County officials say a better than expected bond sale to be used for the pension system will save county taxpayers $83 million more than originally estimated.
The county sold $256 million in bonds at an interest rate of about 3.43 percent—nearly a full percentage point lower than expected. The better than expected result means the county will pay $416 million in principal and interest over the next 30 years instead of nearly $500 million.
The County Council approved the bond sale in October.
The borrowed money is needed because the board of the Baltimore County Employees Retirement System voted to reduce its expected rate of return on investments. That change, made in July, would result in an additional $15 million payment from the county next year.
Without the bond sale, county officials estimated it would have to contribute $4.8 billion to the retirement system. Now, with the bond sale, the county will reduce that contribution to $4.1 billion over the same time period.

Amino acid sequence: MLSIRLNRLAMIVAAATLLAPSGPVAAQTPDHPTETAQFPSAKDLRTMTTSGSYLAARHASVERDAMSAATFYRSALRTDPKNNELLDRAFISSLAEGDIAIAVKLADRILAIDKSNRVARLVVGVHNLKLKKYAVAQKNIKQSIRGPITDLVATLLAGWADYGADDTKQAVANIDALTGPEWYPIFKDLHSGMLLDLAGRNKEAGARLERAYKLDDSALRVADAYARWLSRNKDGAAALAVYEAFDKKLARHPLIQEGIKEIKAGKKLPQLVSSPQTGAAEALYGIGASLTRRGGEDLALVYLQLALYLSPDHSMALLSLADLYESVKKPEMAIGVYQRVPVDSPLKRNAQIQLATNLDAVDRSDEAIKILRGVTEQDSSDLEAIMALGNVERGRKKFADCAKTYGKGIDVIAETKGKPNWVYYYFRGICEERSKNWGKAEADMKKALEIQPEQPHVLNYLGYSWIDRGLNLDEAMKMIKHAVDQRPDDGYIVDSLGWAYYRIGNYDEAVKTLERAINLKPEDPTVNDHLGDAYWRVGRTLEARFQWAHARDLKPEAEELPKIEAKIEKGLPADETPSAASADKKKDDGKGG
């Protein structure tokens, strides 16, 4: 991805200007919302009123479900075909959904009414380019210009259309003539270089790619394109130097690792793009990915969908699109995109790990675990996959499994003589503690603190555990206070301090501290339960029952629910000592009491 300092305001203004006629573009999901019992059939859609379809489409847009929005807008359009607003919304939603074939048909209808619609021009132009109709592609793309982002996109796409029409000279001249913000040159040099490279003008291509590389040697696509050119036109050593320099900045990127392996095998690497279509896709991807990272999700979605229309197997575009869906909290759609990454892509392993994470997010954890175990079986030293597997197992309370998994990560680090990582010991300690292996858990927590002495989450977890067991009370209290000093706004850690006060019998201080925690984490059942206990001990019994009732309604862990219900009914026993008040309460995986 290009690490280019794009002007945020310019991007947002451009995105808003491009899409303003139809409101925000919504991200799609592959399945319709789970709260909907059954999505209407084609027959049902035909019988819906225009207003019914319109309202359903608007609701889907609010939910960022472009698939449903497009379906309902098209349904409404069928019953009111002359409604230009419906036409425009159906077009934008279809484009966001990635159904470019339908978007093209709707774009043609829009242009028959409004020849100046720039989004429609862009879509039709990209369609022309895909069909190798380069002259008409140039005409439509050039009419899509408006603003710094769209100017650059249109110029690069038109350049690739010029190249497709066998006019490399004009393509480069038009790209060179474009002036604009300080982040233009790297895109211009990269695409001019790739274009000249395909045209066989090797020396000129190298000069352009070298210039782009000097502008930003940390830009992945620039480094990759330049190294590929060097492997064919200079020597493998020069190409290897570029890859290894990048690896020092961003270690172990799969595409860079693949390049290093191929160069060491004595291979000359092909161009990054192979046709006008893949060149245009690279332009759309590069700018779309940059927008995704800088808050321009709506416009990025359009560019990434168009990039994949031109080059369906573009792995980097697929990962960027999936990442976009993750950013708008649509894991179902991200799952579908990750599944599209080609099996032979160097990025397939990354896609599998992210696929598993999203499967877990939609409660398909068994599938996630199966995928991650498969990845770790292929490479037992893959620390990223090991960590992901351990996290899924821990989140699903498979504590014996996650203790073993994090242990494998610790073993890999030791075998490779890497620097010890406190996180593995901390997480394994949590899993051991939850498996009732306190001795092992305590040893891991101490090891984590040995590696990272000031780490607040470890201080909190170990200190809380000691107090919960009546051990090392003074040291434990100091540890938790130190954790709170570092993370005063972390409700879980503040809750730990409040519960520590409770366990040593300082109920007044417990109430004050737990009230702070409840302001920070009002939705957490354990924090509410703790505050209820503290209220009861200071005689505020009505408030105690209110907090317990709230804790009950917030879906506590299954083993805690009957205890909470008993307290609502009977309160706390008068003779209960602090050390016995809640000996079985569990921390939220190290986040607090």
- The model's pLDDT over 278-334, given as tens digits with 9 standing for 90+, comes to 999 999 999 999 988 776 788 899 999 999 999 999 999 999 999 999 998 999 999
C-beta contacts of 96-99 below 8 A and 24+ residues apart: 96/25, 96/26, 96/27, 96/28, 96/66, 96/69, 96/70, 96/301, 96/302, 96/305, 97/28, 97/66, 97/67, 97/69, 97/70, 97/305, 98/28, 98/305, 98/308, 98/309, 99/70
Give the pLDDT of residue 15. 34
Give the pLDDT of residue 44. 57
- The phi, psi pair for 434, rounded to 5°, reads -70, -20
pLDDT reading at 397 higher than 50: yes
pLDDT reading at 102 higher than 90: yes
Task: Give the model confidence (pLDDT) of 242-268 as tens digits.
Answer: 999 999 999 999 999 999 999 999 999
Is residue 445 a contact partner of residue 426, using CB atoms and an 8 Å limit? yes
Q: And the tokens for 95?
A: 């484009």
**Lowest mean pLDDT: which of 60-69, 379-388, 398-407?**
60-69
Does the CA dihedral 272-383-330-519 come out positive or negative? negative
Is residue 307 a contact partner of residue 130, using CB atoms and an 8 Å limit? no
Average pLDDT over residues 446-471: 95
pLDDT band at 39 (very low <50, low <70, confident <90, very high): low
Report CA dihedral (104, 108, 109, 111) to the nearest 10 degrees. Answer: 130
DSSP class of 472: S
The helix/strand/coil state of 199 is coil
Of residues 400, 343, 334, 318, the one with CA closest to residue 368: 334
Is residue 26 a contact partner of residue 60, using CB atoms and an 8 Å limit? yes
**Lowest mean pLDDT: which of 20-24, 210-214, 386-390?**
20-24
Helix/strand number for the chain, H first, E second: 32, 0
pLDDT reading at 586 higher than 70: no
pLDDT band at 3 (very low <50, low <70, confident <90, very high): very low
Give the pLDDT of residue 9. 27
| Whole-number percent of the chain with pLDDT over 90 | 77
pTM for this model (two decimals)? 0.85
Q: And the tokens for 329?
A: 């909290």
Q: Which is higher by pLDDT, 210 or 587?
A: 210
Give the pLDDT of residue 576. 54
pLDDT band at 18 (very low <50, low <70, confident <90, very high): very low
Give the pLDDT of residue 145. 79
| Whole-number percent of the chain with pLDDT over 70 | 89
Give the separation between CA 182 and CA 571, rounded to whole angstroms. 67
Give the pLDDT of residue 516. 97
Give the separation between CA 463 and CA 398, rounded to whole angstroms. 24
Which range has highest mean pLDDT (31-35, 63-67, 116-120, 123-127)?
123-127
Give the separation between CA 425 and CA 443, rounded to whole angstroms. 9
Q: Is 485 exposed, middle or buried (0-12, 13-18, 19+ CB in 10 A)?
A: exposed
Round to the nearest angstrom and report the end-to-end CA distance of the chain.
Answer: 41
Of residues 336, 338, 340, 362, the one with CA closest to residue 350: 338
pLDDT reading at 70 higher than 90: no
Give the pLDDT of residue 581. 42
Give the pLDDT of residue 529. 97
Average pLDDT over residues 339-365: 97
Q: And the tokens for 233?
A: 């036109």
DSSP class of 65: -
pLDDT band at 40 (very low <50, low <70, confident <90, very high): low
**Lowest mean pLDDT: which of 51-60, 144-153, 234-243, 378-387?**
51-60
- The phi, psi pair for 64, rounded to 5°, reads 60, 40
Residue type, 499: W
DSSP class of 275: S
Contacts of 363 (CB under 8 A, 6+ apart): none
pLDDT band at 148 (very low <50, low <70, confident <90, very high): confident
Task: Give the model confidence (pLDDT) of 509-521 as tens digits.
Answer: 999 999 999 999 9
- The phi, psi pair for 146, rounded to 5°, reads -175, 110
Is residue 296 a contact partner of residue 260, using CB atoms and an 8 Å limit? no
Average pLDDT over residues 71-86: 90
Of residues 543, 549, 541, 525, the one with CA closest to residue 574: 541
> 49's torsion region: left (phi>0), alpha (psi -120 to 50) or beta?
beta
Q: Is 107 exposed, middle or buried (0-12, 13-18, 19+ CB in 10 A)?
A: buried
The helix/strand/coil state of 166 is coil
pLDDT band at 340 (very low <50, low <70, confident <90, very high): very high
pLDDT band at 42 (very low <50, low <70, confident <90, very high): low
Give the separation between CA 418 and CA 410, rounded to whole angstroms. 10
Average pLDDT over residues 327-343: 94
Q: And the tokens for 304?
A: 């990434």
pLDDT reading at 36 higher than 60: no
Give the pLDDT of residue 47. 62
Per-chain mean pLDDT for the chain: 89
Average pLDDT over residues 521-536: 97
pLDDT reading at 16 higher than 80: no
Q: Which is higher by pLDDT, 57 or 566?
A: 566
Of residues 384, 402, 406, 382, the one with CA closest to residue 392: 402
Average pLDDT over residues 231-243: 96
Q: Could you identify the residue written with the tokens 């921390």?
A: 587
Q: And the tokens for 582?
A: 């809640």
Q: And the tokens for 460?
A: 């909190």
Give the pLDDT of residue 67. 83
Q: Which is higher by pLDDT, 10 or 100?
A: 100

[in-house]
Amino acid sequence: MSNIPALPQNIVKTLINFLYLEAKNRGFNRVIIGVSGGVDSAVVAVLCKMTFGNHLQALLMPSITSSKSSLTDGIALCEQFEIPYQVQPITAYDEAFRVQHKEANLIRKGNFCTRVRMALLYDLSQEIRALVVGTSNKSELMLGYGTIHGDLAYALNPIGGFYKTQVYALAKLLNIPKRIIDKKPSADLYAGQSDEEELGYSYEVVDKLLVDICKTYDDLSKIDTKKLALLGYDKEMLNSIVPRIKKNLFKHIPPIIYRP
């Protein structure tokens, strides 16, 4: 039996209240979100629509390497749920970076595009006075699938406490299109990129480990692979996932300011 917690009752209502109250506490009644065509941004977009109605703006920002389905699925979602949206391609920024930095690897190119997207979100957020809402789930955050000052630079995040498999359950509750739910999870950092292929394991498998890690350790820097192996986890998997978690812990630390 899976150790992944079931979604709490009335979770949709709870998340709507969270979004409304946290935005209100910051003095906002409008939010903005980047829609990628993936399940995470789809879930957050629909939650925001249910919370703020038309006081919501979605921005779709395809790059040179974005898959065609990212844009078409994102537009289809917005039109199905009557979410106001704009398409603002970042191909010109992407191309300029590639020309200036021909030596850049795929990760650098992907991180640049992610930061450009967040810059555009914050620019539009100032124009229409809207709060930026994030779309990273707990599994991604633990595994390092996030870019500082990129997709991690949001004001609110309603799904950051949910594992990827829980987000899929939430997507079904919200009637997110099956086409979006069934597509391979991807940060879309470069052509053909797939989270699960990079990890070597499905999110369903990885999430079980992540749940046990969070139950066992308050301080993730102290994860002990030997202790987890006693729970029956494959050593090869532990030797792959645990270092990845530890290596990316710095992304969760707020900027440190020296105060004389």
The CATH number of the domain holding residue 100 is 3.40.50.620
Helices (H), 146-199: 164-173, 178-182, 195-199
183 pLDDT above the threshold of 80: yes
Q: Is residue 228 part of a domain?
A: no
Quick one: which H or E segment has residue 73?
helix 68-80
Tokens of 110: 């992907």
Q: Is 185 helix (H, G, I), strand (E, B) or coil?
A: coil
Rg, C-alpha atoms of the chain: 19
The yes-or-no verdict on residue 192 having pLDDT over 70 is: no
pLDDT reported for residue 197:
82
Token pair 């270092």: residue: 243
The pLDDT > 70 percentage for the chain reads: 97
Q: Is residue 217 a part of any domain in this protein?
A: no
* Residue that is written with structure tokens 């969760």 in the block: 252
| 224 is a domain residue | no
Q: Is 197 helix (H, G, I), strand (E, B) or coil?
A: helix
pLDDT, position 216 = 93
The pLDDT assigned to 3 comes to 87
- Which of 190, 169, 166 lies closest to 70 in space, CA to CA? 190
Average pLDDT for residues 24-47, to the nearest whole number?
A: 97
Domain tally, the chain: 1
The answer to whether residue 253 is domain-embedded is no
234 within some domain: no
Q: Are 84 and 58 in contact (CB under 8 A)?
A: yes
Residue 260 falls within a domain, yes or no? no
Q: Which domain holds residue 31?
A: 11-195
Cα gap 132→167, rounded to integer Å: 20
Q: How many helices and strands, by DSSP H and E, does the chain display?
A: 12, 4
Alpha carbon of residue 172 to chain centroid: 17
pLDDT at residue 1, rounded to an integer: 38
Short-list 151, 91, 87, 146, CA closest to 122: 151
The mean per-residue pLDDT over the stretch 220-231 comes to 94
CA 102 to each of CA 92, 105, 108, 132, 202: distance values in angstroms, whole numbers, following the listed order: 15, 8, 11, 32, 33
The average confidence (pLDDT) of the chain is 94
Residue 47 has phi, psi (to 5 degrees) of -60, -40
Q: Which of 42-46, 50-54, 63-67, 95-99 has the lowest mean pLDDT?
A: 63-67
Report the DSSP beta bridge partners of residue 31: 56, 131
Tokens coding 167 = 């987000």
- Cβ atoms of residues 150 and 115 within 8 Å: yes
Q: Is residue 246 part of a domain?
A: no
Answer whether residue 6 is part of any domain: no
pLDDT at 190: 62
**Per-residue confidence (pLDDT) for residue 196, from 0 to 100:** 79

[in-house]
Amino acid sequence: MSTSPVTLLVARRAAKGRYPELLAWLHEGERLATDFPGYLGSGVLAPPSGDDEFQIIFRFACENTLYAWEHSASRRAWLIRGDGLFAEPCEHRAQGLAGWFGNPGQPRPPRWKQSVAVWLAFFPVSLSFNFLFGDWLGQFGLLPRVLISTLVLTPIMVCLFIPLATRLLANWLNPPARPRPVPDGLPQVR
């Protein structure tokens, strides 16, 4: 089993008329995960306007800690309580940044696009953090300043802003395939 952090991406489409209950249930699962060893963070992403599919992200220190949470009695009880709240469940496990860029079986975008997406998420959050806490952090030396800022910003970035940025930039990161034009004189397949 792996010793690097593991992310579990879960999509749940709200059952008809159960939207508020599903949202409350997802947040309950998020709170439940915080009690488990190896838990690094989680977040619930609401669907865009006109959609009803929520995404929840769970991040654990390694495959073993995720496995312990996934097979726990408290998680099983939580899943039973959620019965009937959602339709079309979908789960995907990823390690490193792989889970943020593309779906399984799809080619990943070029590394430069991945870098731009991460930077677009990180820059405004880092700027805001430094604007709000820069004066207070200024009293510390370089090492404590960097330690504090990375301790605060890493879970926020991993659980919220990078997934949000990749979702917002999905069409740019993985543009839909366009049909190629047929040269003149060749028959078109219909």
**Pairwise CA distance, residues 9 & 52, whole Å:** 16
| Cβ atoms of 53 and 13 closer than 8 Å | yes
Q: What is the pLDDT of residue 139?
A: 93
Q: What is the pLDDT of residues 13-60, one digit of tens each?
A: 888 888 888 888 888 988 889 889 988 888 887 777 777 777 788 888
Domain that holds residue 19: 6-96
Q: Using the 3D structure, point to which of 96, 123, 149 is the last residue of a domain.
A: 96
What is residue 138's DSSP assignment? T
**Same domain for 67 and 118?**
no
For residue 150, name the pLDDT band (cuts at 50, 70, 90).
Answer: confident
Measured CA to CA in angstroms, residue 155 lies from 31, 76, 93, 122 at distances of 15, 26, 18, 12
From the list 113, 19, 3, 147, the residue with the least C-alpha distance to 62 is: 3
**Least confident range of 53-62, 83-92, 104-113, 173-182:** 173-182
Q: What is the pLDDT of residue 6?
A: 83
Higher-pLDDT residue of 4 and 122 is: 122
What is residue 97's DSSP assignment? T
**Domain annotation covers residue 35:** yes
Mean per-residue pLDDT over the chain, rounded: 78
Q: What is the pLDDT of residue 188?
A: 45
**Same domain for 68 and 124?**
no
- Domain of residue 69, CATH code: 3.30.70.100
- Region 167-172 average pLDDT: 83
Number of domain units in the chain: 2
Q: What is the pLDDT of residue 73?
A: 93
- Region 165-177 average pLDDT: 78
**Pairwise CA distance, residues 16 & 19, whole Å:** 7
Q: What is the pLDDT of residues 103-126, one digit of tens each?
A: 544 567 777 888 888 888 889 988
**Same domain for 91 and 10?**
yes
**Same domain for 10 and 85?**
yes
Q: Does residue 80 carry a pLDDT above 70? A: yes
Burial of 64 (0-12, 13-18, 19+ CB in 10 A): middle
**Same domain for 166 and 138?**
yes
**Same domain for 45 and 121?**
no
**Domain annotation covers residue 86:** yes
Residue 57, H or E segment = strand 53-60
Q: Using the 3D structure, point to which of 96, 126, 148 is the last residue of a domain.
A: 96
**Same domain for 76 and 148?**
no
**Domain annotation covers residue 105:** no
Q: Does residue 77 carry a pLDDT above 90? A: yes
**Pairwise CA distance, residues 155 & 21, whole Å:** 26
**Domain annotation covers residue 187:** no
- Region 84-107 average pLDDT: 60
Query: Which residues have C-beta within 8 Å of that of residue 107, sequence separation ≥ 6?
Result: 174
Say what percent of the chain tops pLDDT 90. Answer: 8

The overall savings to taxpayers, after principal and interest payments is $343 million.
County estimates on saving are predicated on earning more on its investments than interest on the borrowed money. If those assumptions are wrong, the county could lose money and taxpayers could end up footing the bill.
"When we can protect employees and save taxpayers $343 million, it's been a very good day," said County Executive Kevin Kamenetz, in a statement.